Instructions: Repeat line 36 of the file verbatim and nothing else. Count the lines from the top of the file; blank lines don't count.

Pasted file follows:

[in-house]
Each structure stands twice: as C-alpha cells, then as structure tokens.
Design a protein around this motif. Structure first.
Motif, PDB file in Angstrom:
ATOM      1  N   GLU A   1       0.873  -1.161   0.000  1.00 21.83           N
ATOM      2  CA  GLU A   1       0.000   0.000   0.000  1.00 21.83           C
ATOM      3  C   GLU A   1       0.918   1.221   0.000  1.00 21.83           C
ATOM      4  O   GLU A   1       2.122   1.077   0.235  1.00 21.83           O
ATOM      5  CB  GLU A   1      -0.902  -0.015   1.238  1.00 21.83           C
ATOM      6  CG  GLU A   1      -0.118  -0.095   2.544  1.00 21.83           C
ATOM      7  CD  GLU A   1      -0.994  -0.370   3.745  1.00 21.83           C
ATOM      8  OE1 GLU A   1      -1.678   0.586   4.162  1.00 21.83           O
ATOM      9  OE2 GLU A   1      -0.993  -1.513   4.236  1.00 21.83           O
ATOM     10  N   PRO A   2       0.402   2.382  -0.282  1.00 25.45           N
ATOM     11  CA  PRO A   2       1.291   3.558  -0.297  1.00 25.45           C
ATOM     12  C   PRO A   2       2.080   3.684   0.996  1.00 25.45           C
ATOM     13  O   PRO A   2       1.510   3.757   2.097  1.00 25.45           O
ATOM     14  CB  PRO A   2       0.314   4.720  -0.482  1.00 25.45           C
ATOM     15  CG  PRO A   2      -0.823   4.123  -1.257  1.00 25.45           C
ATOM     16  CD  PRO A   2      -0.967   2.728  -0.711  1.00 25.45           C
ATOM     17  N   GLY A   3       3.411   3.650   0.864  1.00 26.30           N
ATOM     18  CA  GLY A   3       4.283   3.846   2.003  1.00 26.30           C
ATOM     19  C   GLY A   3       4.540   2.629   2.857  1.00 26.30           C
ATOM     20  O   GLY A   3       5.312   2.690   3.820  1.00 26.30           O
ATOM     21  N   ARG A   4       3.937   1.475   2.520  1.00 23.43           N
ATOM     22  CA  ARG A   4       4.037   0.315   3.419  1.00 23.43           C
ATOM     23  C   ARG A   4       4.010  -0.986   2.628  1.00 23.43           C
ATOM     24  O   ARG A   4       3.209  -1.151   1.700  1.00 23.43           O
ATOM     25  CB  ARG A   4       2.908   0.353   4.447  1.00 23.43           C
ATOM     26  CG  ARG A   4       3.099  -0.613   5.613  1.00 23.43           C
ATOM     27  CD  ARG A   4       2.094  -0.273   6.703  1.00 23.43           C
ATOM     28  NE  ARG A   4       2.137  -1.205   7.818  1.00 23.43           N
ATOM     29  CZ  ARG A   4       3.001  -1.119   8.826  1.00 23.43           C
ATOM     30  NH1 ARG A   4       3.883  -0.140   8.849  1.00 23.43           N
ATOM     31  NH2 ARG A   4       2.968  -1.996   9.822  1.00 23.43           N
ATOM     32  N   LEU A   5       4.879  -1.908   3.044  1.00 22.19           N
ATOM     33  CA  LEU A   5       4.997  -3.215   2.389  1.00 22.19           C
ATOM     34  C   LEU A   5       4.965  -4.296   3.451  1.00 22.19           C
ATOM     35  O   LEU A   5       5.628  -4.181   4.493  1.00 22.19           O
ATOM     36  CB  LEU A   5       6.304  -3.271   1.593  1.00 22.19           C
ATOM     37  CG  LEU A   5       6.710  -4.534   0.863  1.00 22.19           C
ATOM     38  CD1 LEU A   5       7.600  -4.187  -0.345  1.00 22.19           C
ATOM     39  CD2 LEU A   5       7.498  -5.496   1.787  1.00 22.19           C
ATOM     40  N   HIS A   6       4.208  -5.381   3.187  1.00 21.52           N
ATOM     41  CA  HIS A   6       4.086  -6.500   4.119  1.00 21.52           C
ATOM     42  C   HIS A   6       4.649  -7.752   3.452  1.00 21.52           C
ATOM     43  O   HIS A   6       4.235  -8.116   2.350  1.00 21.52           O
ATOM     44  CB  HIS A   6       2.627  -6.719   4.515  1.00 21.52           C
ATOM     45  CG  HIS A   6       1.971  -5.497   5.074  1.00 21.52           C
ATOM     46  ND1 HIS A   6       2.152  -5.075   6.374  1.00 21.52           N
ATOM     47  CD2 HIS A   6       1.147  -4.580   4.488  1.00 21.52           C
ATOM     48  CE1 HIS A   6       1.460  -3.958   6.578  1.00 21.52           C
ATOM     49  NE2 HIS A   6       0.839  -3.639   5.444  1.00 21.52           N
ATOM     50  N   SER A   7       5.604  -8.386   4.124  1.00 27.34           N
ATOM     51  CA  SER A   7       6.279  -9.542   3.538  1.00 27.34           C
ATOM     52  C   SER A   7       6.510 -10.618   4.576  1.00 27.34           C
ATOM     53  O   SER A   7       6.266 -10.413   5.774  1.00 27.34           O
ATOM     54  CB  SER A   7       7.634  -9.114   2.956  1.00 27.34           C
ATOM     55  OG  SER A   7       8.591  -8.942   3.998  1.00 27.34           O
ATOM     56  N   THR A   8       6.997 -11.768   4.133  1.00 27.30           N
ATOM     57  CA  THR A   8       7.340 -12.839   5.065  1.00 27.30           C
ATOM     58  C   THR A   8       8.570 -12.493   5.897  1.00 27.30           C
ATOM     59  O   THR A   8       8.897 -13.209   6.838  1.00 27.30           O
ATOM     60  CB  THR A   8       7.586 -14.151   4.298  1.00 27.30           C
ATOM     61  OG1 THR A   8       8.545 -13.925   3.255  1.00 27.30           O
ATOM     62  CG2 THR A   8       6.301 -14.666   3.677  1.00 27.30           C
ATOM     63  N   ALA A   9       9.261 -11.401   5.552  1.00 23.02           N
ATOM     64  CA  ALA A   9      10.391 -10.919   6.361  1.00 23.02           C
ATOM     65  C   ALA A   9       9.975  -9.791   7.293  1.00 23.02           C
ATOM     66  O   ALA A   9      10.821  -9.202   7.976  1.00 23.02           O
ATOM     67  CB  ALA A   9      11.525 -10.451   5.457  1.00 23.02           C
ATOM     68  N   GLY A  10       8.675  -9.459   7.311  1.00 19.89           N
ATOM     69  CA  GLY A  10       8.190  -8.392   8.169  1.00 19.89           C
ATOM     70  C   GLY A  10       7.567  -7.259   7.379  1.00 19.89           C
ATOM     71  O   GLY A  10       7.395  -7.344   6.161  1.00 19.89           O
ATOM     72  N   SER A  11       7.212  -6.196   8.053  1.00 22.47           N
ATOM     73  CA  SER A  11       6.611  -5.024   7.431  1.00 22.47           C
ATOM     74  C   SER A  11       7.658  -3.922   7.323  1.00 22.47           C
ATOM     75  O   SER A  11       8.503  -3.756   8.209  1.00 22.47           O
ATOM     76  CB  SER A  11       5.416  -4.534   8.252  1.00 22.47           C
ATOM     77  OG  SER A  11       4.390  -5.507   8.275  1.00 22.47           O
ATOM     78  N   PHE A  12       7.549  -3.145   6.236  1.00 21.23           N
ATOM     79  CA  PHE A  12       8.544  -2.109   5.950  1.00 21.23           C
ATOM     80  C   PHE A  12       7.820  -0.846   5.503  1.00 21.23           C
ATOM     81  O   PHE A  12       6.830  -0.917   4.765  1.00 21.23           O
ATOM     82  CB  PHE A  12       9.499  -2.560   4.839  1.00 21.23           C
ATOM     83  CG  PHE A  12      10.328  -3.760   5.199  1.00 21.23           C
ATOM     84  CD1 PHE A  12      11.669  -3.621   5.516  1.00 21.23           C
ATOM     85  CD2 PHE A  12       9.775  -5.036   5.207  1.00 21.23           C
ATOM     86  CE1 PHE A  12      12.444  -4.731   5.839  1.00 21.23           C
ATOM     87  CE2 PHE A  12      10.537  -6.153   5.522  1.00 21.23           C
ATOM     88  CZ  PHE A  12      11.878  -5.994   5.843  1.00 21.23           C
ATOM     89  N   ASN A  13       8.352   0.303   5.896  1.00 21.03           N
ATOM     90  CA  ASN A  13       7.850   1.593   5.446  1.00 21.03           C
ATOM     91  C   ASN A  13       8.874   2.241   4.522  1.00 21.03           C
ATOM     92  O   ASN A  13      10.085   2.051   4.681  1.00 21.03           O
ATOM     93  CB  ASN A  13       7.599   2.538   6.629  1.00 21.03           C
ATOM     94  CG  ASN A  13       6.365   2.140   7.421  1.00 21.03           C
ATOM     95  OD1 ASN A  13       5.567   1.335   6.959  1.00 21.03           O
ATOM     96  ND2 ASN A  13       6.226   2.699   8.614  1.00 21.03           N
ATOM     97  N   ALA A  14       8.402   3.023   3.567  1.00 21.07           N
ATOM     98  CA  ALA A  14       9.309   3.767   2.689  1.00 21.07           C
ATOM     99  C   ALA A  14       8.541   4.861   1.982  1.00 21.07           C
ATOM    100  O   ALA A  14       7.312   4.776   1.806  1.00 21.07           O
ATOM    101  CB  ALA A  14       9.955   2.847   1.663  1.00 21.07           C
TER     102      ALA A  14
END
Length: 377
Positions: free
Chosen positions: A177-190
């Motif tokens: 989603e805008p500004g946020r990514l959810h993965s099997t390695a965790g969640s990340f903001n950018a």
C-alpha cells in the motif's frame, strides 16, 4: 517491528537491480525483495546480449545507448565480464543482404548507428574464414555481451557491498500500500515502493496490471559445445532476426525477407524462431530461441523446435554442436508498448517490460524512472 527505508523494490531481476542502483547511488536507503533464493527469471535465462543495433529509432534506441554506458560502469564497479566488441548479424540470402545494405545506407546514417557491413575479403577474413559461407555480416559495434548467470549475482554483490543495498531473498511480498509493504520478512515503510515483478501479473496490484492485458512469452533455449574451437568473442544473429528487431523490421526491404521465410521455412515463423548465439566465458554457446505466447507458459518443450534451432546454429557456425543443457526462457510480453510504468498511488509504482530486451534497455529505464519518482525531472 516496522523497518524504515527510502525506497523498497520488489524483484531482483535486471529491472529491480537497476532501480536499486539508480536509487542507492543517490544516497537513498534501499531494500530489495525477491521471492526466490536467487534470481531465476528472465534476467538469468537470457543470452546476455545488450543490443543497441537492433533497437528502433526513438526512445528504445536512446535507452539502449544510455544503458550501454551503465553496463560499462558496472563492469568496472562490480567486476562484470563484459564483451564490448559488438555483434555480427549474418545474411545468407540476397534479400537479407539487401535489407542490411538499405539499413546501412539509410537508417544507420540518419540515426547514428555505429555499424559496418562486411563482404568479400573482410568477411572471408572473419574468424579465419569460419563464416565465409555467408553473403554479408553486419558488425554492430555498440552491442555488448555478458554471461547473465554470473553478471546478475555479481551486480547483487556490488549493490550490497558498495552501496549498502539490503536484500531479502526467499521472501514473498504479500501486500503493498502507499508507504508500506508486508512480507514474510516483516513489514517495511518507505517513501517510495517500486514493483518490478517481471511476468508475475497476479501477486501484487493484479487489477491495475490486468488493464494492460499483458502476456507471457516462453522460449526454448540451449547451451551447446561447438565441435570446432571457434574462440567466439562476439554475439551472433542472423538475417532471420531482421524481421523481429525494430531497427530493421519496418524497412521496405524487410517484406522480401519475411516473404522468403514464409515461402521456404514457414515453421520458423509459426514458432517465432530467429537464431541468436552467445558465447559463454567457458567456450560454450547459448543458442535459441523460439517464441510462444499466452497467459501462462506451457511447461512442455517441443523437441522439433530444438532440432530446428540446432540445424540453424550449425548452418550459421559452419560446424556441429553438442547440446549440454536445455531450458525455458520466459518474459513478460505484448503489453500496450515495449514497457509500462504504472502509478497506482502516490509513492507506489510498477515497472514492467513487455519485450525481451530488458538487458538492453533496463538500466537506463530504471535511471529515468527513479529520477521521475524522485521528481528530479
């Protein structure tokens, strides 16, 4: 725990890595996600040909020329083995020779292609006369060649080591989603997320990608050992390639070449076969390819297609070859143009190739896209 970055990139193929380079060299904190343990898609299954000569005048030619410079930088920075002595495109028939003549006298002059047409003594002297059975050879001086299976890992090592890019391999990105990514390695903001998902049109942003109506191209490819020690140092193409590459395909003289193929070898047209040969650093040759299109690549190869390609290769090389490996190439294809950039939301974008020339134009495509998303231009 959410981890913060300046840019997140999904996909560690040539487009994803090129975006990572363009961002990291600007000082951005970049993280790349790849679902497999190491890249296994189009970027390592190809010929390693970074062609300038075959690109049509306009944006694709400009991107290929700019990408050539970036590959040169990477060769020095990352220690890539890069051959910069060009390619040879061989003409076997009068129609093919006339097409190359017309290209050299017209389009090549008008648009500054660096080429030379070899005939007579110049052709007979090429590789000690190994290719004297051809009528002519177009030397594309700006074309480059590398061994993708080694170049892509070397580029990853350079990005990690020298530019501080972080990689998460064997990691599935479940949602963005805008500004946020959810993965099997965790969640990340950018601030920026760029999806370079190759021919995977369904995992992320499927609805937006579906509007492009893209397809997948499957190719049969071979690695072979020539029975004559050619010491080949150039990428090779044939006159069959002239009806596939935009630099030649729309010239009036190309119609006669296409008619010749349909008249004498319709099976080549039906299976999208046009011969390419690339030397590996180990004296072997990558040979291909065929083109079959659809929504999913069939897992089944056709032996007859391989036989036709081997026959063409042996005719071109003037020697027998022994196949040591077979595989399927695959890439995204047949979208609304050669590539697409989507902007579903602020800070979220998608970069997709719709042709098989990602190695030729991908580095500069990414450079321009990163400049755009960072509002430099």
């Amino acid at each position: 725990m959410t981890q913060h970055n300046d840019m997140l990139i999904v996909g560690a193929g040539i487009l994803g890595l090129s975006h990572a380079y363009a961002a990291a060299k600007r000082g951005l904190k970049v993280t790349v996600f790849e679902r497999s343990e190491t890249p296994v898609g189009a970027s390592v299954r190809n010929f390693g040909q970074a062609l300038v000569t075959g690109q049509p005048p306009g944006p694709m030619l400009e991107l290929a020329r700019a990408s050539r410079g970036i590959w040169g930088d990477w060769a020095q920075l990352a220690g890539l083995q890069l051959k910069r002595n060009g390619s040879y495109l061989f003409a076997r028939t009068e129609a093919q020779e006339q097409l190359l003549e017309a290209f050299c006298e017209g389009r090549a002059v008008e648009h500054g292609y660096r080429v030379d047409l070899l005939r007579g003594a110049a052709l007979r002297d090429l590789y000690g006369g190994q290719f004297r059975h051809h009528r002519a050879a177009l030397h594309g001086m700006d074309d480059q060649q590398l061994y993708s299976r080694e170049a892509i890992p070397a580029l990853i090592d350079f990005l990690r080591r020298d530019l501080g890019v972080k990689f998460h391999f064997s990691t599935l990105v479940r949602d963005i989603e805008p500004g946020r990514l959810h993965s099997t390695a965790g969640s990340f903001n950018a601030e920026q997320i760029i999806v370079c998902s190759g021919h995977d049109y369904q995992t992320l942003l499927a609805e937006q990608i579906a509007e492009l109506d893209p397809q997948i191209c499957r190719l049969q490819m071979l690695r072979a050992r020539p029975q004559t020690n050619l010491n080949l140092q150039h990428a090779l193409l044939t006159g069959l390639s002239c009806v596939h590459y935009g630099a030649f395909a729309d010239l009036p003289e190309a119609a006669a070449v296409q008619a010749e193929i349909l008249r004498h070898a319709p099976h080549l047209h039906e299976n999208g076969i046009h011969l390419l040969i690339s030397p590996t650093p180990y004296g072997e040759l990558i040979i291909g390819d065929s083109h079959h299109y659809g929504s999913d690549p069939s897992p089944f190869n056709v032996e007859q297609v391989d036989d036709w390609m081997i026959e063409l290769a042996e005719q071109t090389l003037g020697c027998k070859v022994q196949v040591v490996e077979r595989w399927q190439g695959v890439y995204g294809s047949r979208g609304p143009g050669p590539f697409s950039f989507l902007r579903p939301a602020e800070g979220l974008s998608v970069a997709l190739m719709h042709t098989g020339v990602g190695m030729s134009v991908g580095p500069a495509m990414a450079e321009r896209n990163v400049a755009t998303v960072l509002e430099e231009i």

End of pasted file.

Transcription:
ATOM     32  N   LEU A   5       4.879  -1.908   3.044  1.00 22.19           N